Considering going to IEM for the first time

Discussion in 'Live Sound [BG]' started by Laklandfan, Dec 4, 2020.


  1. I have been using custom molded westone filters for years and they’ve saved my ears, but they do make conventional monitoring a little different for me. Thinking about getting into IEM, but don’t know what equipment I need besides the ear plugs and a pack to wear on my back? For the experienced users, Is there any proprietary technology involved where brand or designs matter? I don’t have an active band right now, but is it easy to reuse the same IEMS no matter what kinds the other members are using? I’m using shure wireless for my bass, would this present a conflict? Thanks.
     
  2. I use Shure PSM300 rig with Westone AM30 IEMs (filters built in so you can hear people talk but still blocks loud noise and has 3 drivers - including a dedicated bass driver). I also have a wireless rig for my bass (Line 6 g50) and my guitar player uses a Line 6 G10 wireless rig. We also use a SoundCraft Ui16 digital board. That's quite a bit of wireless but if you plan it out they all get along.

    With the PSM300 (a great rig btw) you have a choice of 14 (1-9, A-D) channels to broadcast and receive so it is pretty adjustable when other people are using wireless IEMs and packs. The PSM can also broadcast separate outs through the A/B switch on the receiver so you can have one PSM300 transmitter with 2 different Aux mixes. There is a when on the receiver pack that lets the user pick A (counter-clockwise) or B (clockwise) or stereo (middle).

    Here's what I have configured:

    Soundboard - set to Channel 10
    Home Wifi - set to Channel 12
    PSM 300 - set to Channel D
    Bass wireless - set to Channel 8
    Guitar wireless - auto-adjusts to Channel 2

    As you can see the PSM 300 doesn't stand a chance of stepping on the others as it is essentially running on channel 14.

    Also, understand when you play out be ready to make adjustments if necessary as mucho things can conflict with a 2.4 ghz signal (appliances, etc.).

    Be careful when you join a band. Other people using cheap wireless can step on anything. I have had issues with people who refuse to adjust their wireless on cheap rigs (for example, the G10 in another band) and step on other people's channels. But if configured properly, it is awesome. Oh, and bring lots of batteries.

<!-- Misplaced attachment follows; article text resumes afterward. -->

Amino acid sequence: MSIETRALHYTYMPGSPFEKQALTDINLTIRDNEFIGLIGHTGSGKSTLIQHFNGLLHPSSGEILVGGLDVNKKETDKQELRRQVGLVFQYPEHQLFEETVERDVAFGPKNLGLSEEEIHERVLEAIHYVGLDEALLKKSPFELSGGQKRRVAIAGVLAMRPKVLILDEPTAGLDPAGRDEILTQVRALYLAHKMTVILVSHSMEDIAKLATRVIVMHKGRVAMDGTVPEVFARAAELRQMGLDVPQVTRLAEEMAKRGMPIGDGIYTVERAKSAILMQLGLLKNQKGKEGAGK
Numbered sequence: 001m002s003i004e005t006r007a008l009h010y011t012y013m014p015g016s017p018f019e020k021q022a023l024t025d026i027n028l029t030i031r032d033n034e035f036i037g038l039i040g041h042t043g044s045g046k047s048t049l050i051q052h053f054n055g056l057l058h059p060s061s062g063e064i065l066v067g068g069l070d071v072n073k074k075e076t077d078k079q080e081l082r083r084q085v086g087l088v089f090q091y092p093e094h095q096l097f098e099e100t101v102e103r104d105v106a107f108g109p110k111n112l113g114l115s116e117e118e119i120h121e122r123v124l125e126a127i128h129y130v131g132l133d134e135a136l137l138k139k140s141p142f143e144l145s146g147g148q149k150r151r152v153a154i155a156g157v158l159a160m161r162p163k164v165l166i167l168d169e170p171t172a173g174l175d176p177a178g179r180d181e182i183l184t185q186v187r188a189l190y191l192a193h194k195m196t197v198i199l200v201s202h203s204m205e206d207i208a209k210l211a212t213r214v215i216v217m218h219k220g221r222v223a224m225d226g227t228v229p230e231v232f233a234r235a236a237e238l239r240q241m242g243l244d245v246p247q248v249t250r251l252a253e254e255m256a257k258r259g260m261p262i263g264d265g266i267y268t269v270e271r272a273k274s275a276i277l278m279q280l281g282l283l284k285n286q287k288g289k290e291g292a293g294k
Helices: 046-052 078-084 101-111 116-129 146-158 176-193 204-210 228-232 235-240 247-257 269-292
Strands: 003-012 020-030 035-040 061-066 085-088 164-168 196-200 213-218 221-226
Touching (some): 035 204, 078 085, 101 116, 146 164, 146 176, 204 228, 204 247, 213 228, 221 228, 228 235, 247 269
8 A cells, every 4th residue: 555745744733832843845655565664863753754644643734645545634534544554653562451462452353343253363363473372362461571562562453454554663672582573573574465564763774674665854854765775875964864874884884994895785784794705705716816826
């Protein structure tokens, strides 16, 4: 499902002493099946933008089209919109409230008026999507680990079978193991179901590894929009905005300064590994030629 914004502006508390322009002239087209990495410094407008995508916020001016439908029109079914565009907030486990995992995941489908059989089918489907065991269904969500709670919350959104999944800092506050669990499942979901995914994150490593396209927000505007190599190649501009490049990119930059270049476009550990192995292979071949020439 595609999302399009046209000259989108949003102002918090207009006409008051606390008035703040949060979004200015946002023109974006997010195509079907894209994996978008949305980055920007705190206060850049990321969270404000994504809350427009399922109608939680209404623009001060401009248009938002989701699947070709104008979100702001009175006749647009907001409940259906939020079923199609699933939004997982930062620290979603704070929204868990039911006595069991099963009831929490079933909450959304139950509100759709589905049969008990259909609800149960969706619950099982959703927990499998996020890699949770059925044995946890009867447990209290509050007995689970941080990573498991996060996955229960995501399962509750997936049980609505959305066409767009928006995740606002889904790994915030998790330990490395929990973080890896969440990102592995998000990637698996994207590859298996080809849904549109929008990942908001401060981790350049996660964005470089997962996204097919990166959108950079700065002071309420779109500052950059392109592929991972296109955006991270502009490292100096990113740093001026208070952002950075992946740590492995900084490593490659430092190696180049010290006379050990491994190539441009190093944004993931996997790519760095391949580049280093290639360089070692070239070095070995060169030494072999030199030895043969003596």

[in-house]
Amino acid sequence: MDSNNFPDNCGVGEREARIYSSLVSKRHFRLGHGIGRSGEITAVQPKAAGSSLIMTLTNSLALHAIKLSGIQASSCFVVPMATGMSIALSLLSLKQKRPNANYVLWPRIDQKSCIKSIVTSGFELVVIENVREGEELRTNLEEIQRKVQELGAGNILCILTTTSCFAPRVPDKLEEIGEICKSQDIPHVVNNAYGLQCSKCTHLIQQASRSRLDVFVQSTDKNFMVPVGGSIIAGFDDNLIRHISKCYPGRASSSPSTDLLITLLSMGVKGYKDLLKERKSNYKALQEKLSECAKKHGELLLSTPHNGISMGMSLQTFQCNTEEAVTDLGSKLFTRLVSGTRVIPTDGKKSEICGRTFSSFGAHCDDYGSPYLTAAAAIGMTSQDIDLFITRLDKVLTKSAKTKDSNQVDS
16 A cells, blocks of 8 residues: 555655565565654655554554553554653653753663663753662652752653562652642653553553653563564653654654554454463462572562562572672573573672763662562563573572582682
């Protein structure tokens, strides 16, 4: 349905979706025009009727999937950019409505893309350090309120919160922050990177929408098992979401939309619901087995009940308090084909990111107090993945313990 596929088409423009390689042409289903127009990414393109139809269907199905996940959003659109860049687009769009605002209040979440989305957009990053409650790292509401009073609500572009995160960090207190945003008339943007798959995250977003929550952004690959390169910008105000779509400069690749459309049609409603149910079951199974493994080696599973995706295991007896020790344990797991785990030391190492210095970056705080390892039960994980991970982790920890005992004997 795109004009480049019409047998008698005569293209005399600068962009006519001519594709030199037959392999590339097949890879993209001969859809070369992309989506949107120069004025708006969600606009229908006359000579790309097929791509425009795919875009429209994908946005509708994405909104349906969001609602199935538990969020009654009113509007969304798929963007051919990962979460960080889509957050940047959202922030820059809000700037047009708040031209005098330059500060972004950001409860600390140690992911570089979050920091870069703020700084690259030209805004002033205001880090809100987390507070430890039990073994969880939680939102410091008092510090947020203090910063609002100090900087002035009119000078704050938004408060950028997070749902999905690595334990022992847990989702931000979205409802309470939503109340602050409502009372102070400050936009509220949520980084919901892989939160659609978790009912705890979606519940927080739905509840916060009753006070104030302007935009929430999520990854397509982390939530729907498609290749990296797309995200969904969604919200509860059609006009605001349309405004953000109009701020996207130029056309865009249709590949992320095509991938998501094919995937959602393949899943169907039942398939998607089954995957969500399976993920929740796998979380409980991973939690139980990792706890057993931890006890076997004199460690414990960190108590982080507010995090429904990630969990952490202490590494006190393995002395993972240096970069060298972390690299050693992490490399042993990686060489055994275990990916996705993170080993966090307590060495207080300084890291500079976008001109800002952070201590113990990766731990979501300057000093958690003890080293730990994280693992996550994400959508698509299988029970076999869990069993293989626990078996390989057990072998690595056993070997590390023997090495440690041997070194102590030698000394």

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  3. Any issues with the universal fits coming out? So better equipment like the psm300, offers more channels to give more flexibility?
     
  4. s0c9

    s0c9 Supporting Member

    Jan 9, 2014
    Ft.Worth/Dallas
    1964 Audio artist, Fractal Audio Beta Tester
    Let’s be clear... if you go WIRELESS IEM... the transmitters do NOT operate in the 2.4G band, so you don’t need to worry about interference with your (or guitarists) wireless units. The PSM300 operates (depending on region and model version) from 488 - 937.5 MHz... nowhere near 2.4G and in the US, PROBABLY in the 437 - 618 MHz range.. as rest of 600 - 900 MHz has been sold off by the FCC. Check the link in my sig ...it contains URL’s to Shures site. Make sure you get the right frequency range for where you live. If not, local TV stations (not wireless units on stage or at the venue) will cause interference, dropouts and other artifacts in your IEM mix.
    Get rechargeable AA batts... you’ll save $$.

    if you’ve been using the custom fit Westones for years.. I recommend you stick with custom fit IEM’S.
    TRIPLE drivers or better, so you can bump up the bass.

    No, “better” equipment gives you more features (and generally more robust wireless) than the cheaper stuff. For example.. adjustable limiters vs fixed brick wall settings, EQ on the receiver, more channels, etc.
    My Senn G3 has all that + 1100 “channels” in x# of banks, plus it will scan for the best “open” channels and let me choose one, then sync up xmitter/receiver. I STILL (after choosing the right model for where I live) have to figure out which was the best frequency to use to avoid TV station interference, cuz open at scan time doesn’t mean that can’t change.
     
    Last edited: Dec 5, 2020
  5. musicman7722

    musicman7722

    Feb 12, 2007
    Hampton NH
    All that sco9 said plus you might consider going wired at first. Much less outlay of $ in the beginning. Get a Rolls PM type mixer to start with for your own volume. Then it depends on your bands mixer for your actual mix control. I have som basic info on the website in ,y SIG as well.
     
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  6. walterw

    walterw Supportive Fender Commercial User

    Feb 20, 2009
    alpha-music.com
    that makes you a perfect candidate for IEMs. ideally you'd just get the same thing, custom molds that now have drivers inside them (i vote 3 minimum).